Large council estates in the city of Glasgow suffer from this. As a result of the Government's Housing Finance Act, most of the young families who are earning reasonable wages are being forced out by higher rents and find it cheaper to buy a house, even with inflation. We are going to see a situation in which the disabled, the pensioner and the long-term unemployed will remain in these housing schemes. This will create social ghettoes, and the social consequences stemming from that must be serious for any Government.

May I say a word or two about cheap butter. I can think of nothing more insulting than for people on supplementary benefit to be told that they can get a pound of butter a week at 2½p reduction. Can anyone remember the indignity suffered by people who had to wear the special clothes to go to school before the war? I had to wear them because of the conditions at home at the time, and people who had to wear them were like the inhabitants of Dachau or Belsen. Think of the indignity of a woman or a man going into a post office for a form to claim l0p a month off the price of butter. It is absolutely disgraceful and shocking for a Government giving away £300 million in surtax rebates, mainly to people who supported them and put them into power, and it shows the unreality and injustice that prevails in society today.

I hope the Minister will reply to this. The whole question of giving this type of subsidy to a family, along with the type of legislation we have had recently —family incomes supplement, a rent policy which means that nearly 50 per cent. of council tenants will have to seek a rebate—will have immense effects on the social fabric of families in Great Britain. The Government should ask themselves what the social consequences will be of destroying the fabric of family life by creating situations in which people are forced to accept that type of indignity, to be identified as receiving family income supplements, to be forced to claim a rent rebate and, if they want buttter, to be forced to go to the post office for a special form. The Conservative Party, as a Government, are totally unaware of the social problems this could create for families in the future.

Hon. Members opposite, particularly the hon. Member for Brighouse and Spenborough and the hon. Member for Enfield, West, talk about the new position in the country in job opportunities. They have told us tonight about the number of unfilled vacancies. What they do not realise, obviously, is the position in the regions of this country. In the Glasgow travel-to-work area we still have 10 per cent. male unemployed and 2,000 unemployed school leavers. Then people wonder why there is so much vandalism and discontent within the community.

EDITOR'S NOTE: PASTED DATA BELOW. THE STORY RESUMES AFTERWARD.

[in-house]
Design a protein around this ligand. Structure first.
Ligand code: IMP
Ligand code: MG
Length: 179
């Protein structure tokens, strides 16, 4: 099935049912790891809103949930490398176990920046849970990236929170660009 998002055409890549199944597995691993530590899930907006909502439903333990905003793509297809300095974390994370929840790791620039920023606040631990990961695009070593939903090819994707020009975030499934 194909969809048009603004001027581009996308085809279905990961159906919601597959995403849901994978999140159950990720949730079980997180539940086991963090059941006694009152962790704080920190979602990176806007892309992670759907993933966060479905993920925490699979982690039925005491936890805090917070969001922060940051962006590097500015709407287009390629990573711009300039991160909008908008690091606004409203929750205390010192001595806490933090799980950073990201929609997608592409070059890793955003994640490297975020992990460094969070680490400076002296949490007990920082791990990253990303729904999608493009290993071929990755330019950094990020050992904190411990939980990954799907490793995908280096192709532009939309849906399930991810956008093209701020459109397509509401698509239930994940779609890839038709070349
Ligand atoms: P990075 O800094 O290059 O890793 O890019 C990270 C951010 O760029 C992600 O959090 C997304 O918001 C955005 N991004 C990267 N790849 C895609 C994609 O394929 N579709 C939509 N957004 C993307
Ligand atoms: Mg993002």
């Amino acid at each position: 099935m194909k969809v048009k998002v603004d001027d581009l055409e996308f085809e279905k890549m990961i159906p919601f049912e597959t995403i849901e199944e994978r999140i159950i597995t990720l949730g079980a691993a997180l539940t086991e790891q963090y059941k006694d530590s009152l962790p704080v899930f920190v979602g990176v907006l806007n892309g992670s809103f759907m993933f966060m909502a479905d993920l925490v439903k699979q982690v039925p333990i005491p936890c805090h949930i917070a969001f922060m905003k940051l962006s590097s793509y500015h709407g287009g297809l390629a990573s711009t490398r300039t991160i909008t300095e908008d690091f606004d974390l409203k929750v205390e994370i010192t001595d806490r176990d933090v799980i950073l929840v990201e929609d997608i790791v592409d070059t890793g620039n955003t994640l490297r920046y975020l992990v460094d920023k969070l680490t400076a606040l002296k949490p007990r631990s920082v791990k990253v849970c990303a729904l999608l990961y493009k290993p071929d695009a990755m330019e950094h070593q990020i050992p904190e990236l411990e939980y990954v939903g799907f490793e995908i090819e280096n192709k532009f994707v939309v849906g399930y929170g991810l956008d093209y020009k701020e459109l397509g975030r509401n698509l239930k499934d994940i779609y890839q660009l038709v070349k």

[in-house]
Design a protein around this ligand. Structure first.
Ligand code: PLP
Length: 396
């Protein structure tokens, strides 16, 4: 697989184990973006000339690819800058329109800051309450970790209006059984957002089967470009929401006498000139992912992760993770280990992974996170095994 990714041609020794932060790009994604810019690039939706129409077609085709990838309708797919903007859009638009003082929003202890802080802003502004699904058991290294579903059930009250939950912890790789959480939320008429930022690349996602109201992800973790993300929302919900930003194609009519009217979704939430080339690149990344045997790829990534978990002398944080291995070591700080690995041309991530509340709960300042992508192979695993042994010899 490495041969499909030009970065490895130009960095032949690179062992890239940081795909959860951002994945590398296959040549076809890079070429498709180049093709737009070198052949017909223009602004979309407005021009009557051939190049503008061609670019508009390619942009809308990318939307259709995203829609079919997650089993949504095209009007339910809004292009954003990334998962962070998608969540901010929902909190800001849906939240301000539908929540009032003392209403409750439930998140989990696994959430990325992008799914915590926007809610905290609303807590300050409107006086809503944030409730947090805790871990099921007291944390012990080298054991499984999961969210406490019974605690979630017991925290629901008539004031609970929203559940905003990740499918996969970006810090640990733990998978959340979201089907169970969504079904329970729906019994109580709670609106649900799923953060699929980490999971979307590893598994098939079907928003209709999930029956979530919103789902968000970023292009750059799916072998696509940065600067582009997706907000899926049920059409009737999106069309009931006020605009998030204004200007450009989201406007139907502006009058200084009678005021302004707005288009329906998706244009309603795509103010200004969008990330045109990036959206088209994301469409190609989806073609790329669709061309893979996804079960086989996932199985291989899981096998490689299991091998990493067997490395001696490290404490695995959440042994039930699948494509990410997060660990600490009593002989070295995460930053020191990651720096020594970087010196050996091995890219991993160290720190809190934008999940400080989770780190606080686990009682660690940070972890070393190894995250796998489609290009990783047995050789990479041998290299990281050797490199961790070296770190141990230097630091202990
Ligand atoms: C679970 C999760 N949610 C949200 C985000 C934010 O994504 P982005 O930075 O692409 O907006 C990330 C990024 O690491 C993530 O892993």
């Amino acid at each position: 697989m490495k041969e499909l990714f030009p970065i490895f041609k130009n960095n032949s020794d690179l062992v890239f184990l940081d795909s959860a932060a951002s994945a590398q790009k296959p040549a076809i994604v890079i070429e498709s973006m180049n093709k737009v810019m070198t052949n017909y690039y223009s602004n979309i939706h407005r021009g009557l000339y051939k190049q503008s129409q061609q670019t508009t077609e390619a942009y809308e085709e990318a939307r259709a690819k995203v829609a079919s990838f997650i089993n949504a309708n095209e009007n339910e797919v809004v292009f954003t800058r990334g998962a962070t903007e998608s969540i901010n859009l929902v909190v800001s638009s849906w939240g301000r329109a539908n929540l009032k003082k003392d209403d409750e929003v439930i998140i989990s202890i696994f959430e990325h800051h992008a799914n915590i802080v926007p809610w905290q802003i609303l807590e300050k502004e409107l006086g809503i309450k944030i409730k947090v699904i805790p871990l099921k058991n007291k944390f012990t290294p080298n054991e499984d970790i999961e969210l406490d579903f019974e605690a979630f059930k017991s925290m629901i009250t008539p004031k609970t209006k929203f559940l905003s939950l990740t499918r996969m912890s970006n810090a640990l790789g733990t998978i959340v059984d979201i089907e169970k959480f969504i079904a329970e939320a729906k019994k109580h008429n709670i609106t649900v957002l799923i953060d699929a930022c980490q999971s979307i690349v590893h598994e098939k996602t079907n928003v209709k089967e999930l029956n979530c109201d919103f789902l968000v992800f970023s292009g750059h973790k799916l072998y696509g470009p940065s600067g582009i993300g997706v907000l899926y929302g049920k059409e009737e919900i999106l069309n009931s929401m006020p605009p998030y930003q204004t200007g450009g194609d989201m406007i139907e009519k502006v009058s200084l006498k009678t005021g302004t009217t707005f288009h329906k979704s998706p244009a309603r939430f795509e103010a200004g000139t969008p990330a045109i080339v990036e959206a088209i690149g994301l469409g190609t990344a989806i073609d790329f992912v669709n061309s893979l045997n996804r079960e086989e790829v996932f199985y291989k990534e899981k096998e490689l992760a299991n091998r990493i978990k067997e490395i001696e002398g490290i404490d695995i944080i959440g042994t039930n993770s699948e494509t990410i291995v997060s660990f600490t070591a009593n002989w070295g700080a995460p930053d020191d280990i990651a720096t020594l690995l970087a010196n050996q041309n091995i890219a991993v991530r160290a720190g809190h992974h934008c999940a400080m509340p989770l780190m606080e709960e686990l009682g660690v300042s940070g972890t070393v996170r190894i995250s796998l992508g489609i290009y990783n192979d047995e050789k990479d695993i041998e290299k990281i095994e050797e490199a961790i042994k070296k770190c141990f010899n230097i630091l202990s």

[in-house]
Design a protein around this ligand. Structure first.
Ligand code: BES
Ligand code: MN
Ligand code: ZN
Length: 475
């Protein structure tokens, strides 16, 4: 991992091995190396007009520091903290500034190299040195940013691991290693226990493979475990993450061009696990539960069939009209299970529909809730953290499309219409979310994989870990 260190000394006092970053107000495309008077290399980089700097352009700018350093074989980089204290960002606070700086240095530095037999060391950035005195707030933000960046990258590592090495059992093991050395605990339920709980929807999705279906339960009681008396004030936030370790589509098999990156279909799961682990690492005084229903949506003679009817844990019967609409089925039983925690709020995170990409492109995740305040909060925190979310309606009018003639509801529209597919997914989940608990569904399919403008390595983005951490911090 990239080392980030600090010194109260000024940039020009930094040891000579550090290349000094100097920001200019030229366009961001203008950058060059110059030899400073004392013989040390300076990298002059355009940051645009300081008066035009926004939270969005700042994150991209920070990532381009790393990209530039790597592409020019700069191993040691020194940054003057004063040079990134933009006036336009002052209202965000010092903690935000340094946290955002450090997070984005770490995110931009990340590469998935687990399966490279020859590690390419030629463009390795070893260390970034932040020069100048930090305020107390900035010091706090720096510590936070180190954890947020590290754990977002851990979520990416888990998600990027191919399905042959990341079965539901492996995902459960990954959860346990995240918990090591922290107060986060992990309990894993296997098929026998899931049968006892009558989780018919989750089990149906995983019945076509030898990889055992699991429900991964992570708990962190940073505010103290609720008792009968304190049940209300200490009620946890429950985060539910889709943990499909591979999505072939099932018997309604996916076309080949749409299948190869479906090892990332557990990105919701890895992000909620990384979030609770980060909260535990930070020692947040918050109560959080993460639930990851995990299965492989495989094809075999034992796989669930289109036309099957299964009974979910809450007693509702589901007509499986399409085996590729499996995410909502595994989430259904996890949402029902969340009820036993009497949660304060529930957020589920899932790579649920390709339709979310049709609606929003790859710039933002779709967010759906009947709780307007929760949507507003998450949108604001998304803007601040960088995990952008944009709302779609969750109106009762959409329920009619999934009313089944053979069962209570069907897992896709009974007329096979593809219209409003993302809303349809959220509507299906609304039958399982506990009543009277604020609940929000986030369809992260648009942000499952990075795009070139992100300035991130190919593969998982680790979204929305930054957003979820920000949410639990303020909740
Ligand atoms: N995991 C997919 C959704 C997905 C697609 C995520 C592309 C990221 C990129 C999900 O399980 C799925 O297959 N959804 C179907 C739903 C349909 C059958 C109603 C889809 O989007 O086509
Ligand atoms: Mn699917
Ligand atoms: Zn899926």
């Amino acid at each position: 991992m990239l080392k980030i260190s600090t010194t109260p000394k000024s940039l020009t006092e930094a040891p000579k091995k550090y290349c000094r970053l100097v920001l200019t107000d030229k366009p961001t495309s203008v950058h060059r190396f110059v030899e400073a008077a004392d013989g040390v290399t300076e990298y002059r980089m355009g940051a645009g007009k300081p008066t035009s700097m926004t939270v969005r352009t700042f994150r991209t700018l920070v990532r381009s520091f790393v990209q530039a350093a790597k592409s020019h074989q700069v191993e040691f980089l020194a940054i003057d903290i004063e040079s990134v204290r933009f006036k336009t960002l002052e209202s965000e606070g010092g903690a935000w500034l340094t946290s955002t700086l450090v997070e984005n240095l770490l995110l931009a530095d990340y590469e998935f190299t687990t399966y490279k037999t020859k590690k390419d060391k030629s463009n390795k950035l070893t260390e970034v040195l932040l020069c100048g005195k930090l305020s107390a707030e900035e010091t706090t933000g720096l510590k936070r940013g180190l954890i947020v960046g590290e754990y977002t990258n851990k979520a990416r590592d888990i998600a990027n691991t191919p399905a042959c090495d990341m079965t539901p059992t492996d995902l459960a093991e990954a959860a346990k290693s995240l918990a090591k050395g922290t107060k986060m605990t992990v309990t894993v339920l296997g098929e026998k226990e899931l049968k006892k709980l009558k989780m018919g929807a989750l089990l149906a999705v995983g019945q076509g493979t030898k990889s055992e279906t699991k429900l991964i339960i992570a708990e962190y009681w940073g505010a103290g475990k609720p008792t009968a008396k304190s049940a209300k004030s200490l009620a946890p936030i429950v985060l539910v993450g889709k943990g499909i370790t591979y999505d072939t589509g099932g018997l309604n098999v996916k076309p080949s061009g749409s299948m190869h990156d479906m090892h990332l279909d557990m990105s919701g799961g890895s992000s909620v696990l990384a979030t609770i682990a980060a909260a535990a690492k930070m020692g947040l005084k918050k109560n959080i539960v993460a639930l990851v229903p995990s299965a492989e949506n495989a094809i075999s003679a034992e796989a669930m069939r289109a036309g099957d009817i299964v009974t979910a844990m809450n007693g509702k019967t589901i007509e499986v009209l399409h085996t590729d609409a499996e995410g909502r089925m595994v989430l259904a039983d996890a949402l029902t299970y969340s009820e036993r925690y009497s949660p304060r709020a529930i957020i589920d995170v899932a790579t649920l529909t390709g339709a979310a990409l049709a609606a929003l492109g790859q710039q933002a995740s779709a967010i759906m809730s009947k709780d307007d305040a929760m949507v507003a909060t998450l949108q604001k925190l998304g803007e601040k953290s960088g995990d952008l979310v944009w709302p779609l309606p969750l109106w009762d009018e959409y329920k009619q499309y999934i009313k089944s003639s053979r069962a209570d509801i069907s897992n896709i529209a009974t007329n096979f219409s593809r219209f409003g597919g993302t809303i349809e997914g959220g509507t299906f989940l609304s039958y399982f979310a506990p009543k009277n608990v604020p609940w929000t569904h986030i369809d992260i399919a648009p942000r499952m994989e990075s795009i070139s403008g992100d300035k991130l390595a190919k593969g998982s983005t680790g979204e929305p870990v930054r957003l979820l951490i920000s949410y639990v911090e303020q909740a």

It is an absolute nonsense to talk about the growing number of unfilled vacancies. In certain sectors, that may be true. In the south-east and Aberdeen this may have an effect on the job position. But in most parts of Scotland, and certainly in Wales and the northeast, the job position is very serious. There is certainly no cause for complacency by the Government when we still have 800,000 unemployed and when these people, because of the rising cost of food prices, are having to live well below the poverty line.

The Government must take into account the fact that, if prices continue to rise and people do not have the opportunity of earning enough money to sustain their families, they will give support and credence to the anarchistic elements that are growing in society. If any further such elements grow in this country, the Government will have only themselves to blame. The day is long past when people were prepared to accept the kind of inequalities that one finds now. There is a much better educated working class than existed pre-1939, and the Government must take that into account if there is to be a stable society.

I said that my remarks would be brief because other hon. Members, particularly on this side of the House, wished to take part in the debate. They have sat here for most of the day and are hoping to make a few comments. I am sorry that my comments have to be brief, but I hope that when the Minister replies he will not respond with the usual platitudes that we hear from the Government Front Bench.

The Opposition motion expresses real concern. What we are saying, in effect, is that the Price Commission, in particular, is a sham and a fraud because it does nothing to control food prices, which are the basic element of any working-class family's way of life. Unless the commission can control food prices the Government should do what is said in the motion and take responsibility from that Dispatch Box. If they cannot do that, they should do the honest and decent thing and go to the country in a general election. If they do they will find that the confidence of the electorate which they had in 1970 has disappeared.

8.52 p.m.

Mr. R. J. Maxwell-Hyslop (Tiverton)

The hon. Member for Glasgow, Gorbals (Mr. McElhone) concluded by referring to food prices, and I want to say something about them because I remember how the "little Neddy" set up by the previous Government to deal with agriculture recommended that there should be an injection of about £200 million worth of capital into the agriculture industry so that it could increase the proportion of food produced in this country. I remember, too, that the then Government accepted the recommendaion, but did precisely nothing about it.